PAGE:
Aminoglycoside antibiotics are "the drug of choice" for treating many bacterial infections, but their administration results in hearing loss in up to one fourth of the patients who receive them. Several biochemical pathways have been implicated in aminoglycoside antibiotic ototoxicity; however, little is known about how hair cells respond to aminoglycoside antibiotics at the transcriptome level. Here we have investigated the genome-wide response to the aminoglycoside antibiotic gentamicin. Using organotypic cultures of the perinatal organ of Corti, we performed RNA sequencing using cDNA libraries obtained from FACS-purified hair cells. Within 3 h of gentamicin treatment, the messenger RNA level of more than three thousand genes in hair cells changed significantly. Bioinformatic analysis of these changes highlighted several known signal transduction pathways, including the JNK pathway and the NF-κB pathway, in addition to genes involved in the stress response, apoptosis, cell cycle control, and DNA damage repair. In contrast, only 698 genes, mainly involved in cell cycle and metabolite biosynthetic processes, were significantly affected in the non-hair cell population. The gene expression profiles of hair cells in response to gentamicin share a considerable similarity with those previously observed in gentamicin-induced nephrotoxicity. Our findings suggest that previously observed early responses to gentamicin in hair cells in specific signaling pathways are reflected in changes in gene expression. Additionally, the observed changes in gene expression of cell cycle regulatory genes indicate a disruption of the postmitotic state, which may suggest an alternate pathway regulating gentamicin-induced apoptotic hair cell death. This work provides a more comprehensive view of aminoglycoside antibiotic ototoxicity, and thus contributes to identifying potential pathways or therapeutic targets to alleviate this important side effect of aminoglycoside antibiotics.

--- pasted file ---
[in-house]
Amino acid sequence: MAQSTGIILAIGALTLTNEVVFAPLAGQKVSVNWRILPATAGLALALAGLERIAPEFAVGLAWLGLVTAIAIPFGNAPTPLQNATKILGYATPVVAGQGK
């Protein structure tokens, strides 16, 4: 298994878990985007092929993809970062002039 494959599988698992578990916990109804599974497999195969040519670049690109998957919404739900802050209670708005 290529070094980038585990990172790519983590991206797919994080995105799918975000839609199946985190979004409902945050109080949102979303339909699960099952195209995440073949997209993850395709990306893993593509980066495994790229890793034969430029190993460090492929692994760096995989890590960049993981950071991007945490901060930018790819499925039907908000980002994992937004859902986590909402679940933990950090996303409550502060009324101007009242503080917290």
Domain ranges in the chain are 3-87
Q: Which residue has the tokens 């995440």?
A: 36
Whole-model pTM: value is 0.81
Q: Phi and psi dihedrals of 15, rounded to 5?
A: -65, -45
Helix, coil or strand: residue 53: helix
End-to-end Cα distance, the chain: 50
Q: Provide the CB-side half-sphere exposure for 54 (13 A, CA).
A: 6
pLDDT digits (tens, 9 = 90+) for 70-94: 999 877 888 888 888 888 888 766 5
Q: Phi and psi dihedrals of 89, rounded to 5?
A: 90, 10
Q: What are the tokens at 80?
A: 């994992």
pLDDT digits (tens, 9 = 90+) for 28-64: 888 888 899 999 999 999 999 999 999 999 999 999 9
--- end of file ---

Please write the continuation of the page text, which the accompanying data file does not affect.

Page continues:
Tao, L., & Segil, N. (2015). Early transcriptional response to aminoglycoside antibiotic suggests alternate pathways leading to apoptosis in sensory hair cells in the mouse inner ear. Frontiers in Cellular Neuroscience, 9. https://doi.org/10.3389/fncel.2015.00190